- Users of the Aptoide Android app store have had their PII and technical information exposed.
- The data was bundled in a database file and is shared on a well-known hacking forum.
- Aptoide has a unique approach in app management, but this security incident will have an adverse effect on its usage rates.
A new data dump has been uploaded on a hacking forum, apparently containing the details of 20 million users of the Aptoide Android app store. The data was obtained and analyzed by the dark web leak monitoring platform “Under the Breach”, who also shared a copy with ZDNet. By analyzing the entries, the researchers have figured that the data dump concerns Aptoide user registrations that took place between July 21, 2016, and January 28, 2018.
The hacker claims that he/she is in possession of another 19 million records that are to be published in the future. As the hack is claimed to have happened earlier this month, the second batch may concern user registrations between 2018 and today. If that is the case, the second batch may be sold instead of openly shared with everyone. As for the contents of the first batch, this includes full names, usernames, email addresses, hashed passwords, date of registration, sign-up IP addresses, device details, and dates of birth. In addition to these PII (personally identifiable information), there are also details about the user’s account status, their sign-up and developer tokens, their account type, and even the referral origin.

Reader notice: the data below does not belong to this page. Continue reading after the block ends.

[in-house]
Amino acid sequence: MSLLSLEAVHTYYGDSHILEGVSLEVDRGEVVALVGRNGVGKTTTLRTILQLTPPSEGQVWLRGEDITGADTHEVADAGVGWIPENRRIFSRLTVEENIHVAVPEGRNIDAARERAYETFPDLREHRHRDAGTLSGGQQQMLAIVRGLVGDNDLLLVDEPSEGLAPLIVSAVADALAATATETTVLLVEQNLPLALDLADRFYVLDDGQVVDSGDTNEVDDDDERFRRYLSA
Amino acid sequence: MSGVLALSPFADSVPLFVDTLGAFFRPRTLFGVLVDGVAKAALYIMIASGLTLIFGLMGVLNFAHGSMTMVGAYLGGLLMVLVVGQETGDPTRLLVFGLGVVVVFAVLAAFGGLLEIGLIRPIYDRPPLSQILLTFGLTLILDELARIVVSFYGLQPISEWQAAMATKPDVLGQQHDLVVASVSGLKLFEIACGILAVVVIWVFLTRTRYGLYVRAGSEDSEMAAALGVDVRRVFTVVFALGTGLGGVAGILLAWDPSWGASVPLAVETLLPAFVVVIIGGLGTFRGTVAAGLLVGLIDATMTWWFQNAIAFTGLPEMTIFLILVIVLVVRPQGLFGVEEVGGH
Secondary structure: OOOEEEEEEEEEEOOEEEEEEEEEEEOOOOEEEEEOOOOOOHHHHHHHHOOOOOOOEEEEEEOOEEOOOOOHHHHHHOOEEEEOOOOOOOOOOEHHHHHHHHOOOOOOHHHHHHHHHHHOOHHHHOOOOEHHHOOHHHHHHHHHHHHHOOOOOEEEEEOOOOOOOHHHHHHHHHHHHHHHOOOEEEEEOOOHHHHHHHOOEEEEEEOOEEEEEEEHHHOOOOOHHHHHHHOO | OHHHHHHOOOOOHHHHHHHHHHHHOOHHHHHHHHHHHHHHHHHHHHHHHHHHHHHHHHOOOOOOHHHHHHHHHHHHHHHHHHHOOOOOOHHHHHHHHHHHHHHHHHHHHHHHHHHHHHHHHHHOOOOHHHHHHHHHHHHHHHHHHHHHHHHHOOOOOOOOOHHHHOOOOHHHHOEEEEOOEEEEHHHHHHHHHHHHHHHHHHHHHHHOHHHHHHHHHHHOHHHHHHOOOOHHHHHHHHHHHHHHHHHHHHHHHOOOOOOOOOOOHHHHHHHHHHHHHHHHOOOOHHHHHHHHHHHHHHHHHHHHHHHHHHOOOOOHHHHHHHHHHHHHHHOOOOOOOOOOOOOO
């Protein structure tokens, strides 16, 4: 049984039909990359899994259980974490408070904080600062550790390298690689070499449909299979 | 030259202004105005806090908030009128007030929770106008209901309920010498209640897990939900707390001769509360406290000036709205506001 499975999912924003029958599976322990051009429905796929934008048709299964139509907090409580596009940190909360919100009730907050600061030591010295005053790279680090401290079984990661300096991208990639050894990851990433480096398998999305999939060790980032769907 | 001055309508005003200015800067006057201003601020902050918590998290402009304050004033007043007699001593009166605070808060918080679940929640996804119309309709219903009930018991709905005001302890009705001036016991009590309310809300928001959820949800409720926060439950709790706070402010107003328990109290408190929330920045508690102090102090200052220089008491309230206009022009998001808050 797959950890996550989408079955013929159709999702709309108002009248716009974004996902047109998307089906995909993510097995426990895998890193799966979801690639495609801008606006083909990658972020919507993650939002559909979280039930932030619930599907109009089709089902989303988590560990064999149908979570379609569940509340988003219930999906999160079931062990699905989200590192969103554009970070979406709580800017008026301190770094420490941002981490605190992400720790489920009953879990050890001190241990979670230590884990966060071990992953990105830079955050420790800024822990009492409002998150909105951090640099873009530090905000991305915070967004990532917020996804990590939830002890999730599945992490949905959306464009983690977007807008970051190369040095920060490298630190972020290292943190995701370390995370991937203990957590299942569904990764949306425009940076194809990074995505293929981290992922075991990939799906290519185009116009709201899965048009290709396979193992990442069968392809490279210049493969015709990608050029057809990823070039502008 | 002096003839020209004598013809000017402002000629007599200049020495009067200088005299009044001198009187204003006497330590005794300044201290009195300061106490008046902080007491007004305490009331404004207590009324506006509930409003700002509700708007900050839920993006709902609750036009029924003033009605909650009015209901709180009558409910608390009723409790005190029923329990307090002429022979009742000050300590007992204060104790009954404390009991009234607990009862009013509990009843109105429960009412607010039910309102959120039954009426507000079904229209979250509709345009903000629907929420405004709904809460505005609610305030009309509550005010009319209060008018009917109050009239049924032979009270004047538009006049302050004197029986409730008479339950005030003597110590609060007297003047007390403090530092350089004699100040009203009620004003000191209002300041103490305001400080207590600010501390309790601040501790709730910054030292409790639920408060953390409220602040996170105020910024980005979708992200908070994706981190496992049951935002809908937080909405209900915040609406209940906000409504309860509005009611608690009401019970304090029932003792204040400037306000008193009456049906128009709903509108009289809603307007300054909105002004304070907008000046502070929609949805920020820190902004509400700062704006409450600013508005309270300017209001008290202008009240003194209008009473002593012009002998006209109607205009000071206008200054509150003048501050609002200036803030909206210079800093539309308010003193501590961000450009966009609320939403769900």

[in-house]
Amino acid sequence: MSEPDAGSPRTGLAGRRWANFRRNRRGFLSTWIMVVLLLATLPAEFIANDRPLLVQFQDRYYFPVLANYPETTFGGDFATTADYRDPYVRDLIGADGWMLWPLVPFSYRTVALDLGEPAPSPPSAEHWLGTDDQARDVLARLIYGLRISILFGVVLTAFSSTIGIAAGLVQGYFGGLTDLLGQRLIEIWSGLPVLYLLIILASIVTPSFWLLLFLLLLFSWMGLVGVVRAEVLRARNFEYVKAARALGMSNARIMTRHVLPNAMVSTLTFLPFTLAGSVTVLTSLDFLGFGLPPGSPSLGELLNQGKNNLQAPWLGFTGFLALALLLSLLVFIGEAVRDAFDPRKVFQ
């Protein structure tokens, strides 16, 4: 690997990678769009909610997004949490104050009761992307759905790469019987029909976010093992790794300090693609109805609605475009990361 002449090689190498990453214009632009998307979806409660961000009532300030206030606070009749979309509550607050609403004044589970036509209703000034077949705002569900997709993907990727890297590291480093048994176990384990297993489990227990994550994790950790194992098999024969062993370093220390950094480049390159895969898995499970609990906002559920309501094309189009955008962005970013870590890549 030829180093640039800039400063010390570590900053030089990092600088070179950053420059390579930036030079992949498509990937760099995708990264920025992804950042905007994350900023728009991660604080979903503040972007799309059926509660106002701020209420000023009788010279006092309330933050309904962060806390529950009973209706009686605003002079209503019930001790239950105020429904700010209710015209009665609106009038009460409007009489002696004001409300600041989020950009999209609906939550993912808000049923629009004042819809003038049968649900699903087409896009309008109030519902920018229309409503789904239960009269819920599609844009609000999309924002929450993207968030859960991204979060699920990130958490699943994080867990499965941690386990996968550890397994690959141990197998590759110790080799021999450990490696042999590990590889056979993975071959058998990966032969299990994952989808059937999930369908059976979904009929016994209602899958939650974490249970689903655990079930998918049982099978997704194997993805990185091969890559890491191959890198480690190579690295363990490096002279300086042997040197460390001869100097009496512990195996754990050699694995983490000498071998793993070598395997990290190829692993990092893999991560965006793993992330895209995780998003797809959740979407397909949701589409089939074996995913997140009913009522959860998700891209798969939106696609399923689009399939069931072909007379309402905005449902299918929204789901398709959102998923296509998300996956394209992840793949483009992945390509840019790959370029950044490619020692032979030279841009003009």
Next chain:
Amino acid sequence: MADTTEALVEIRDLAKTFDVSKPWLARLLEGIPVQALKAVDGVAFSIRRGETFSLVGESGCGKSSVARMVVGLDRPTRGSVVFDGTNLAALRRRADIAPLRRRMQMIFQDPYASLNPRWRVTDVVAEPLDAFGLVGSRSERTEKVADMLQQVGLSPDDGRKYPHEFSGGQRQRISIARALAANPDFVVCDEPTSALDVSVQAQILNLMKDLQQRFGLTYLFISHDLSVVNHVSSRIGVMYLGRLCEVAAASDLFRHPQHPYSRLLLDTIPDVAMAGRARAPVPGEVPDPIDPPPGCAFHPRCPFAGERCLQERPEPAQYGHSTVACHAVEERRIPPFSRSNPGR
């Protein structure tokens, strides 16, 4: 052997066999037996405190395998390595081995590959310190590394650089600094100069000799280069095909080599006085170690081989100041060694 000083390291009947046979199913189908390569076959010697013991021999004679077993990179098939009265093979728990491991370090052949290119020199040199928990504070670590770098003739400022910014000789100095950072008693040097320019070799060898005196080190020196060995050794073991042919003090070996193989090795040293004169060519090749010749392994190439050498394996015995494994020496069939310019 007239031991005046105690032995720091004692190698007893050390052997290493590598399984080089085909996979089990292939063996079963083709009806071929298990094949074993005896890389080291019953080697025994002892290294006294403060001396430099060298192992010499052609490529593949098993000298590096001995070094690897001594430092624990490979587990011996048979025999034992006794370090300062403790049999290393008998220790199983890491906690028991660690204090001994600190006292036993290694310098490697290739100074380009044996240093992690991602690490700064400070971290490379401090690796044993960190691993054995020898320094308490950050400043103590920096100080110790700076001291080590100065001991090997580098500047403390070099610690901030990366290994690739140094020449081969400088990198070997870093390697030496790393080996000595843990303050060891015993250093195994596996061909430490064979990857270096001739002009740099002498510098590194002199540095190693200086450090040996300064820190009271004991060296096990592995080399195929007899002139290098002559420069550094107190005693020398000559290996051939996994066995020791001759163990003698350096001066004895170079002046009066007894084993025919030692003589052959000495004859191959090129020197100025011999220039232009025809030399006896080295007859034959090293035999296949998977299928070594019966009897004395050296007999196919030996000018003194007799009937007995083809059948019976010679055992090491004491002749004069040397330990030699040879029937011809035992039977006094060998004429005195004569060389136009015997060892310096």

ZDNet has confirmed that the PostgreSQL database file that was on offer on the hacking forum is still up and accessible for download by anyone. ZDNet reached out to Aptoide to alert them and get a comment, but they didn’t hear back. Aptoide is used by over 150,000,000 users at this moment, counts a total of 7 billion app downloads, and offers a vast collection of one million apps. That said, the unofficial Android marketplace is very popular and widely used, and the particular exposure introduces grave risks for a large number of people.
Aptoide’s difference with the Google Play Store is that it is entirely decentralized, completely open-source, and allows the user to set up or define custom repositories for specific apps. Back in October 2018, Aptoide sued Google over anti-trust practices, after the tech giant decided to enforce the deletion of the Aptoide app from Android devices by introducing the relevant rule on Play Protect. Aptoide lost a number of users back then, and they are likely to lose more now, due to this latest security incident.